Brendhan Dickerson at Erdmann Contemporary
by Tavish McIntosh
In 'Living Conditioned' the two aspects of Brendhan Dickerson's oeuvre are kept noticeably separate, both spatially and thematically. Dickerson is known for his carefully balanced, wrought iron assemblages, whose weighty materiality is subverted by the delicate three-dimensional line-work. The second aspect of his oeuvre is his focus on performativity, which comes to the fore in his fire sculptures. Based on his wrought iron armatures, these exist only momentarily before burning out. Both of these aspects are combined in his show at Erdmann Contemporary, but the success with which the two aspects are juxtaposed is debatable.
The former is represented by sculptures that combine wrought iron with carved jacaranda and the latter through extensive photographic documentation. 'Living Conditioned', ostensibly the title of the entire exhibition, in reality encompasses only the sculptural works which deal with the enculturation of gender stereotypes. Succession debate is a series of small format photographs that documents a performance and echoes some of the motifs of 'Living Conditioned' - guns and human figures - but never interacts meaningfully with the central sculptural element.
The placement of the sculptures is judiciously thought out and the initial effect of the three sculptures' interaction is engaging. When I came to the exhibition I was pleased with the material fact of large well-crafted sculptures. The jacaranda sculpture Mixed Marriage is an interesting sexual hybrid, made up of both male and female torsos pulling away from each other. But despite the evidence of hard work and labour throughout the show, there was no indication that Dickerson had given much thought to the intellectual content of the exhibition. After a time I realised I was being had. The constructed jacaranda sculptures and wrought iron assemblages which are the main focus of the exhibition represent only the most superficial attempt to engage with gender identity.
In Cannon fodder, a carved baby boy is transfixed by the battery of cultural artillery. Stemming from his hand, a baby's bottle leads to the familiar curve of the coke bottle which in turn leads to the ubiquitous bottle of 'dop'. Other symbols of masculinity and/or contemporary depravity spring from his head, hands, heart, umbilicus and anus. The continuity between innocent victim and perpetrator was represented with far more success in Andries Botha's 1981 sculpture Baby. Dickerson inverts the standard modus operandi of contemporary artists - transforming trite ideas into serious sculptures rather than taking grand ideas and subverting them with a suitably hackneyed representation.
The work and dedication put into realising the material form disguised a superficial engagement with the topic. Now most contemporary art forthrightly declares its shallow stature, but that is not the case here. These sculptures refer to the manifold traditions of fine art, their attention to detail is superb and their rendering of form in space is interesting. The Conditioning Love sculpture, a wrought iron figure of a young girl, is realised with consummate skill. The simple lines of the figure in space are rendered with a touching delicacy, but the addition of tokens of femininity (rose, dust-pan, ring, teapot, cosmetic compact) latched onto the ends of each lengthy strand of hair is a tired ploy. Skilful rendering belies the facile commentary on gender identity. The lactating hound that creeps along the ground at the girl's foot is far more interesting. The minimal lines capture the subservient hunch of the drooping shoulders, the weight of the engorged teats and the protective tail wrapped between the legs. Less didactic and grandiose than the figure of the girl, the hound alludes to the societal demands of femininity (fulfilling a faithful and protective maternal role) with far more success.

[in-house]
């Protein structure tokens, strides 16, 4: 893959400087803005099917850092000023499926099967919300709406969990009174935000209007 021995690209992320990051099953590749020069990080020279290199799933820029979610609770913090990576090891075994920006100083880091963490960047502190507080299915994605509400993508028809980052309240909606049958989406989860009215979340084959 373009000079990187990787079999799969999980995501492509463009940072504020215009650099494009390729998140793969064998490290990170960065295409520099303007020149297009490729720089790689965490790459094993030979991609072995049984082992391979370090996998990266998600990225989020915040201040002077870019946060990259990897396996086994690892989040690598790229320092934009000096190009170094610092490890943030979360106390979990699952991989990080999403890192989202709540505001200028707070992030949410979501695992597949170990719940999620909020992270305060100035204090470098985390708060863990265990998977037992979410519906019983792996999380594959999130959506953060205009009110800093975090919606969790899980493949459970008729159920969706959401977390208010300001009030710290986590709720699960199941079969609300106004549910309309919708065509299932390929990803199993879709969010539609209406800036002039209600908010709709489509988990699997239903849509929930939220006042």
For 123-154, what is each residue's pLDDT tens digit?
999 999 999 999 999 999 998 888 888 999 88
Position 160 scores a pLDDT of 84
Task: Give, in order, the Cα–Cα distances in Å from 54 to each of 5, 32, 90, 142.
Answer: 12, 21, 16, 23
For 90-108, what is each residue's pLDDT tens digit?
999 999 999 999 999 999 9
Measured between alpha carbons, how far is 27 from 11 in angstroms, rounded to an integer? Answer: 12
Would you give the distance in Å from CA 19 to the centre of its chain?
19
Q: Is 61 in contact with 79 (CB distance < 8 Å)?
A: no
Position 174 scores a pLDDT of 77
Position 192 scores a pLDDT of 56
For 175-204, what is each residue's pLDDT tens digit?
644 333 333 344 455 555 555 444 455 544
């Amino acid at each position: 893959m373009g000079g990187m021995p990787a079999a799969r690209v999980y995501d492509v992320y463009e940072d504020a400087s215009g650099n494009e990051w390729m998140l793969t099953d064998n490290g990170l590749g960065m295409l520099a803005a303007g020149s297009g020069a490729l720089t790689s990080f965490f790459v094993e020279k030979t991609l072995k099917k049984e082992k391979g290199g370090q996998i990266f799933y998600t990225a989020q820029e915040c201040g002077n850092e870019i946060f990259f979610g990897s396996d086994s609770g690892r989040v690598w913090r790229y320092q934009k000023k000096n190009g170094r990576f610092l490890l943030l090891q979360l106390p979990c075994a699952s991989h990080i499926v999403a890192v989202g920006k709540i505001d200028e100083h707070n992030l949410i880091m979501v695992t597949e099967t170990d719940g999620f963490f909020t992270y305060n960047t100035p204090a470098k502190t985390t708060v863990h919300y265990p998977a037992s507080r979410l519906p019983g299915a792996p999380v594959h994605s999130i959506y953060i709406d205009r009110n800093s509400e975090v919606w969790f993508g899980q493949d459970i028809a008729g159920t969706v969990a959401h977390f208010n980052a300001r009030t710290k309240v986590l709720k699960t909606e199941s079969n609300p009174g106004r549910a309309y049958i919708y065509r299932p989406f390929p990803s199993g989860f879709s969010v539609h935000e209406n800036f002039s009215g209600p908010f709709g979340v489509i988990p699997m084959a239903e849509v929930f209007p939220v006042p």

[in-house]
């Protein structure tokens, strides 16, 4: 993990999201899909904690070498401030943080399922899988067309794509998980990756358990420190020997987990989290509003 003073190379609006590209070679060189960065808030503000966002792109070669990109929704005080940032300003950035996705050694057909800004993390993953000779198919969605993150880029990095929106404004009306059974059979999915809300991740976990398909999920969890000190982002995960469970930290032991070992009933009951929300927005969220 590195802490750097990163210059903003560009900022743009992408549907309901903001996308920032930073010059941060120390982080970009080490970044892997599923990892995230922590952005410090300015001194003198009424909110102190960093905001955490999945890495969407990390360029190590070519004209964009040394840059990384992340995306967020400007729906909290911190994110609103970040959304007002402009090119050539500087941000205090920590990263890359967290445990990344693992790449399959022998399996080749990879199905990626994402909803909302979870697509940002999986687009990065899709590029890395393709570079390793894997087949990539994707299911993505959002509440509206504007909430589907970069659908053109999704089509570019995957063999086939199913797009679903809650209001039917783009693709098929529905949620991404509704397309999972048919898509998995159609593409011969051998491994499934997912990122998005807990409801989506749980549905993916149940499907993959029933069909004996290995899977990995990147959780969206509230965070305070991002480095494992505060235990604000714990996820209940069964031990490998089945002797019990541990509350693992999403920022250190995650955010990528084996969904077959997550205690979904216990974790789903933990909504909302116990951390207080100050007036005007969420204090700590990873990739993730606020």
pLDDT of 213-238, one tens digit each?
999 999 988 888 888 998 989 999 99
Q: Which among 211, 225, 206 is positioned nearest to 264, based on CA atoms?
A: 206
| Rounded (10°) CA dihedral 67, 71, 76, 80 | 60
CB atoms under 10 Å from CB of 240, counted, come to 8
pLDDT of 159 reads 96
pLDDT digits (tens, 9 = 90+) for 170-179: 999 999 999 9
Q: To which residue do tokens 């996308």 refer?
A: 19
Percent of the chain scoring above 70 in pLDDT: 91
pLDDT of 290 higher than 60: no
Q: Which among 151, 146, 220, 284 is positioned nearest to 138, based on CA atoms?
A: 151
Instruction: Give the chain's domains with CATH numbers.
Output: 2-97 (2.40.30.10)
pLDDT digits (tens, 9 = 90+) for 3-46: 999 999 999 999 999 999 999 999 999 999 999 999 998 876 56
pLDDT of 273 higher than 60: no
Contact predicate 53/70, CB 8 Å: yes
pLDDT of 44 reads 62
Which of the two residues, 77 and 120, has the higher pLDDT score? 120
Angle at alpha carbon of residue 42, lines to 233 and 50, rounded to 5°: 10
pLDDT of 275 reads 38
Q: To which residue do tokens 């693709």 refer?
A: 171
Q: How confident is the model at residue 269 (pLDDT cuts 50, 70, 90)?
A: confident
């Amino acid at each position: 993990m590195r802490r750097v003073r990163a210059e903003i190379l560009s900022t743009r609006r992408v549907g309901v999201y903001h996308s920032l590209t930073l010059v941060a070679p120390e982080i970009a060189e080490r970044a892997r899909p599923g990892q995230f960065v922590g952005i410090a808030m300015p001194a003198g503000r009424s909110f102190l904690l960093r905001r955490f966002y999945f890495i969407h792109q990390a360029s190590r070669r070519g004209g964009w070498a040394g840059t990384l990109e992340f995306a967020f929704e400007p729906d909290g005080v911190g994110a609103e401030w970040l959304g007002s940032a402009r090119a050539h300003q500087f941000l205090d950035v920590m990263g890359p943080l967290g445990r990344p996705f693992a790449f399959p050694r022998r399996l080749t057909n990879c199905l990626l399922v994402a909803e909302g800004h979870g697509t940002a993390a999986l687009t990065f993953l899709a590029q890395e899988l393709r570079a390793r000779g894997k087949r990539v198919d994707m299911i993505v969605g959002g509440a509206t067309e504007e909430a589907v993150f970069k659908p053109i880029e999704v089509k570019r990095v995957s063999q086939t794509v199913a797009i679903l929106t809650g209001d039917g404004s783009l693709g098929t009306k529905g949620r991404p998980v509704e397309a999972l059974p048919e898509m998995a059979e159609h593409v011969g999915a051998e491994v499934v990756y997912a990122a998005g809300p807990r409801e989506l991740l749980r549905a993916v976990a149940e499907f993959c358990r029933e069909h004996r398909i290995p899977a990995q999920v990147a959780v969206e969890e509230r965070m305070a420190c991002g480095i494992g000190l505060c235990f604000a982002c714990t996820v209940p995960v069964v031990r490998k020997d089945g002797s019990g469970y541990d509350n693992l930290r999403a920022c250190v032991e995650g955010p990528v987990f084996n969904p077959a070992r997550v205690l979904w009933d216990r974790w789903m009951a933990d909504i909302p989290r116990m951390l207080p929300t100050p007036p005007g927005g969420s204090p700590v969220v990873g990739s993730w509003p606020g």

Why is one work more successful than the other? For me, the subtlety of the latter allows the viewer to imaginatively impute a meaning, rather than being submitted to a lecture on the basic premise of identity and performativity debates. Far be it from me to deny art its important didactic role - a tradition that extends back to the Dark Ages - but as Peter Parker (when he accepted the mantle of Spiderman) said: 'With power comes great responsibility'. And the responsibility artists undertake is to engage with society in a thought-provoking and challenging manner. Not too much to ask I would have thought.
Opens: September 6
Closes: September 29